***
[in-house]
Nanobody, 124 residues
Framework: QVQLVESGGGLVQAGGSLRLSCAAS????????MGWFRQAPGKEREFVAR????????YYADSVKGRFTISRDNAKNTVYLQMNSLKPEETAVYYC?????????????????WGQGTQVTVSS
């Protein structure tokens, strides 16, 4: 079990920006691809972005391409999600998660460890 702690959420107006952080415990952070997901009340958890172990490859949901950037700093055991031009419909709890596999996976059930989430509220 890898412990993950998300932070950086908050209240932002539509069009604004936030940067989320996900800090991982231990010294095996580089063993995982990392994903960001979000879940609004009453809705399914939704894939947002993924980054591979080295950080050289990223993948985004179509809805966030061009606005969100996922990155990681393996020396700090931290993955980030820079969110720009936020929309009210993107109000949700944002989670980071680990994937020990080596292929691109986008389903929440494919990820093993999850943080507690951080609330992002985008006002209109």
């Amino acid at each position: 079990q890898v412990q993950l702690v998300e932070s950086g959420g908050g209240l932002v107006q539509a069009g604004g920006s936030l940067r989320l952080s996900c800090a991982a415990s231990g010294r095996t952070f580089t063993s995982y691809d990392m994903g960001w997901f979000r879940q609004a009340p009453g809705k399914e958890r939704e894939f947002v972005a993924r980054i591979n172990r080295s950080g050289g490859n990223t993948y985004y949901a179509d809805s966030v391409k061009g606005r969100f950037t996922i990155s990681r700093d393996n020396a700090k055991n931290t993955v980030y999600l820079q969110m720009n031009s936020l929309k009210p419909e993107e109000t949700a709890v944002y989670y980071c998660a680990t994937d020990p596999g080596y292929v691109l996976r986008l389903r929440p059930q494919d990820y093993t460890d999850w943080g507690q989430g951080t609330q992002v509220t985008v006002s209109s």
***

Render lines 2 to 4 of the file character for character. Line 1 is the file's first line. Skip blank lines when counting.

Nanobody, 124 residues
Framework: QVQLVESGGGLVQAGGSLRLSCAAS????????MGWFRQAPGKEREFVAR????????YYADSVKGRFTISRDNAKNTVYLQMNSLKPEETAVYYC?????????????????WGQGTQVTVSS
């Protein structure tokens, strides 16, 4: 079990920006691809972005391409999600998660460890 702690959420107006952080415990952070997901009340958890172990490859949901950037700093055991031009419909709890596999996976059930989430509220 890898412990993950998300932070950086908050209240932002539509069009604004936030940067989320996900800090991982231990010294095996580089063993995982990392994903960001979000879940609004009453809705399914939704894939947002993924980054591979080295950080050289990223993948985004179509809805966030061009606005969100996922990155990681393996020396700090931290993955980030820079969110720009936020929309009210993107109000949700944002989670980071680990994937020990080596292929691109986008389903929440494919990820093993999850943080507690951080609330992002985008006002209109």